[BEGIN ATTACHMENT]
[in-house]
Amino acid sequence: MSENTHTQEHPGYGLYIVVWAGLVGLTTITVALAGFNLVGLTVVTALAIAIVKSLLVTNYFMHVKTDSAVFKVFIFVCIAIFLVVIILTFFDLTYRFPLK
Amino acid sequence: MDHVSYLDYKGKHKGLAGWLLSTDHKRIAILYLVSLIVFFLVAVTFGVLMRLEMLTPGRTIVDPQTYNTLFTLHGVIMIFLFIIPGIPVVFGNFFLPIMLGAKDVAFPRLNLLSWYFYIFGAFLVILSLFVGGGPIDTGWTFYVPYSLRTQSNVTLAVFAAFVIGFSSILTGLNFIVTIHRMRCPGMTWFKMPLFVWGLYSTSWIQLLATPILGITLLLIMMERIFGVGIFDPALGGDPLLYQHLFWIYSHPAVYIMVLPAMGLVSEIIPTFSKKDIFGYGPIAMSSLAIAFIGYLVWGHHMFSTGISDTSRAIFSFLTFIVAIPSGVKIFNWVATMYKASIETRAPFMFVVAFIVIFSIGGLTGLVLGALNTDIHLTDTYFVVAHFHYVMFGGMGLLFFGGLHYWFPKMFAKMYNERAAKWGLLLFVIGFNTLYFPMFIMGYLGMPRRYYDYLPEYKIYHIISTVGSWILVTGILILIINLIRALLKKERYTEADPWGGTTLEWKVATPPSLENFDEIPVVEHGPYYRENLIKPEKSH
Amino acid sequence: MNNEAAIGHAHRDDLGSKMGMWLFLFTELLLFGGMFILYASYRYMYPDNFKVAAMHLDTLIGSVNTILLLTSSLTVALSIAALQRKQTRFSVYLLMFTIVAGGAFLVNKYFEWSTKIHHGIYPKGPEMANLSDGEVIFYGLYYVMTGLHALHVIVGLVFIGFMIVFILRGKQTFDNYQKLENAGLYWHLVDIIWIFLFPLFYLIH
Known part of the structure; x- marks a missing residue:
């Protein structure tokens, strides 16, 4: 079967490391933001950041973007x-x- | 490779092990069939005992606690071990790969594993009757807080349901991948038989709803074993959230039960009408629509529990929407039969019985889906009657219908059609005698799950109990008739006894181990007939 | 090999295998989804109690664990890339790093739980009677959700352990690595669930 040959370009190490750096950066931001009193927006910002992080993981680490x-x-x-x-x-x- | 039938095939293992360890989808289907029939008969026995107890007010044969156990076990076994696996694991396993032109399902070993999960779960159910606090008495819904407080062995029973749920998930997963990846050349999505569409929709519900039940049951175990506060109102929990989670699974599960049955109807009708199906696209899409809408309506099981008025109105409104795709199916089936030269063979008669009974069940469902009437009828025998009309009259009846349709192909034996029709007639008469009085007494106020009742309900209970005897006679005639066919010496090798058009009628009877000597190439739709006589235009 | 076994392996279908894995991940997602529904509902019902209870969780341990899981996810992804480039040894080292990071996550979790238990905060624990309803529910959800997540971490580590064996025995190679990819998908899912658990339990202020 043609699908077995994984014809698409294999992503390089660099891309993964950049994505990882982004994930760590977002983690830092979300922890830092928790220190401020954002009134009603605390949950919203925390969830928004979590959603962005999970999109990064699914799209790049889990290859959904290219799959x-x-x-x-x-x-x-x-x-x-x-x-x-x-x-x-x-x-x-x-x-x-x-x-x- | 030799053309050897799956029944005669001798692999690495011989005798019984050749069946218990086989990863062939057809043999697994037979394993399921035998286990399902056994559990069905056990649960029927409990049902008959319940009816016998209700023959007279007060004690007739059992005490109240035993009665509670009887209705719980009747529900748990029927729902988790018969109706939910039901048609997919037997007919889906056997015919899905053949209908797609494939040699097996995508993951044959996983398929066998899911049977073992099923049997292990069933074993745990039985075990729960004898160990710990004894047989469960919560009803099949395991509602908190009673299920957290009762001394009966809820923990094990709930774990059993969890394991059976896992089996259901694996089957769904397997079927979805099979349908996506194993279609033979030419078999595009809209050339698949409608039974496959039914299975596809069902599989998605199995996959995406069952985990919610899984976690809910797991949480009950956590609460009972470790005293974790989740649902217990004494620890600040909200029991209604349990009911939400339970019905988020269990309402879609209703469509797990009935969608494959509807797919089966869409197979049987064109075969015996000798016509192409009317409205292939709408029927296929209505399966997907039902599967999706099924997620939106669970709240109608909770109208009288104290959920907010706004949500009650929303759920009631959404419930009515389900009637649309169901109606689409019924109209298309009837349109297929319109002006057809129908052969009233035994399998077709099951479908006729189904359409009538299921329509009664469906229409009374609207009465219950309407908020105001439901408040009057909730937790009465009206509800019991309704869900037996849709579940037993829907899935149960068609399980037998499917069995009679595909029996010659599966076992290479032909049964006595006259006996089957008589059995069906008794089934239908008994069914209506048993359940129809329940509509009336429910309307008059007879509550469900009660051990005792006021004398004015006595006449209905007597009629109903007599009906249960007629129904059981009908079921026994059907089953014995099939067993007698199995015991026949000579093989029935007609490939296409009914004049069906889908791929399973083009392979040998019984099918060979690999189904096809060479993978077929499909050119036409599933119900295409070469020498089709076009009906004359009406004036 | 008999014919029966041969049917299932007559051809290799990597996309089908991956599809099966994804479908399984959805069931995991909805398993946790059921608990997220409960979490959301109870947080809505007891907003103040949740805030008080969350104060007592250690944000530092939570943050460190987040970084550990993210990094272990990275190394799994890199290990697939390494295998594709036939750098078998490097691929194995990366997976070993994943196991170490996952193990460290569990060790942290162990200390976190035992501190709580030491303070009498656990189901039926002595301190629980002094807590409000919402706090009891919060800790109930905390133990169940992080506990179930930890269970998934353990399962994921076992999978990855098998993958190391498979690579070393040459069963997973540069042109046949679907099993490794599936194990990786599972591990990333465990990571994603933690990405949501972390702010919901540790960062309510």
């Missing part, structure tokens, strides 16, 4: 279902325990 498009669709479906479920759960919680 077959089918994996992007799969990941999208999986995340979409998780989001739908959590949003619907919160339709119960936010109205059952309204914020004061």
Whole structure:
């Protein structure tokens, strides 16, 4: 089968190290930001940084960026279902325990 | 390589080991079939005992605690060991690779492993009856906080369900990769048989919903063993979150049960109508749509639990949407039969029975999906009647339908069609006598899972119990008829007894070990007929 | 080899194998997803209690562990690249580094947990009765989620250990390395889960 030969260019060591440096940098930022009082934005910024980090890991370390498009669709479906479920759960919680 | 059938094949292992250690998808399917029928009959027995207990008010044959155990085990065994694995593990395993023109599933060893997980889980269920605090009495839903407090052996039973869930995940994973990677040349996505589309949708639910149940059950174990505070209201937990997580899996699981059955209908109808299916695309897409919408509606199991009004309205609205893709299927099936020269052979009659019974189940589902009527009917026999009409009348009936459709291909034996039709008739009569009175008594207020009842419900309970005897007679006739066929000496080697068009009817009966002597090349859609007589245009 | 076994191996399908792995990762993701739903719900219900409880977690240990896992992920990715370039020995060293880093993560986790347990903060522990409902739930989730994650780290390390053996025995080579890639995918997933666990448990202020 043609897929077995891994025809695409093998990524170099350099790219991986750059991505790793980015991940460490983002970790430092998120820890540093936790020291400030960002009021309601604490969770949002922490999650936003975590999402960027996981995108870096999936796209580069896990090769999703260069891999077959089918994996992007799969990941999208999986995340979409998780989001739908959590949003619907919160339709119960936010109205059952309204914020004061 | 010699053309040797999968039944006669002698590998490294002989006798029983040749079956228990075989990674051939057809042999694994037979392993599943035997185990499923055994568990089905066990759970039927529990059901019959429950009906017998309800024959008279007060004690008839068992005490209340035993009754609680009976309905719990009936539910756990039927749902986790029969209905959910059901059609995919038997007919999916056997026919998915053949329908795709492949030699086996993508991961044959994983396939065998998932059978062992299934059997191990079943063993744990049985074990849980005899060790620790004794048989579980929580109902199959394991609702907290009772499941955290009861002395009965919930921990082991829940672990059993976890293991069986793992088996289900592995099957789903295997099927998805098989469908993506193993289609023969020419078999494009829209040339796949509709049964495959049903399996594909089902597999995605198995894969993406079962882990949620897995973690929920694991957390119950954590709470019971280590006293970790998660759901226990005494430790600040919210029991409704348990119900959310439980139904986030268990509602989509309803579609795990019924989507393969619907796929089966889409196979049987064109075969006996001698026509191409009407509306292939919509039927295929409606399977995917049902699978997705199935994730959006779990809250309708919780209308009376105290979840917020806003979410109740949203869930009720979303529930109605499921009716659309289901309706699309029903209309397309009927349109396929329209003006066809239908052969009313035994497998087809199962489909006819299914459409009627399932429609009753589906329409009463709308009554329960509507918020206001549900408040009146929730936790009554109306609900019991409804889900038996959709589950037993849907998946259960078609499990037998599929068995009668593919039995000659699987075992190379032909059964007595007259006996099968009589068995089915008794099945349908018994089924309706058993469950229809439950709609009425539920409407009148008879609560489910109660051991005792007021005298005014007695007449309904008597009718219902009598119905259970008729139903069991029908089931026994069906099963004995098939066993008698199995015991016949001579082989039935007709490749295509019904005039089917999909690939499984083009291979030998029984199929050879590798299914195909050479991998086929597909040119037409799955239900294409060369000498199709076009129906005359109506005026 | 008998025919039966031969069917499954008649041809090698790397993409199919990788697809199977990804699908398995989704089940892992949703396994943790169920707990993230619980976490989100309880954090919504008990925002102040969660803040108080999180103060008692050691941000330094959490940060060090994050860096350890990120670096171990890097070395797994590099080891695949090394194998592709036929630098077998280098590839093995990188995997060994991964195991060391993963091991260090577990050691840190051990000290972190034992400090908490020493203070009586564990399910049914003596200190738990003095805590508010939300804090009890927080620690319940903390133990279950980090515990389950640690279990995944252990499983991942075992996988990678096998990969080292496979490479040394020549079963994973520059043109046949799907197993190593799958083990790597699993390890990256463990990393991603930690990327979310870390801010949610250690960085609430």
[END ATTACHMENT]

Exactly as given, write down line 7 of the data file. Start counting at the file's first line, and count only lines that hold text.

């Missing part, structure tokens, strides 16, 4: 279902325990 498009669709479906479920759960919680 077959089918994996992007799969990941999208999986995340979409998780989001739908959590949003619907919160339709119960936010109205059952309204914020004061």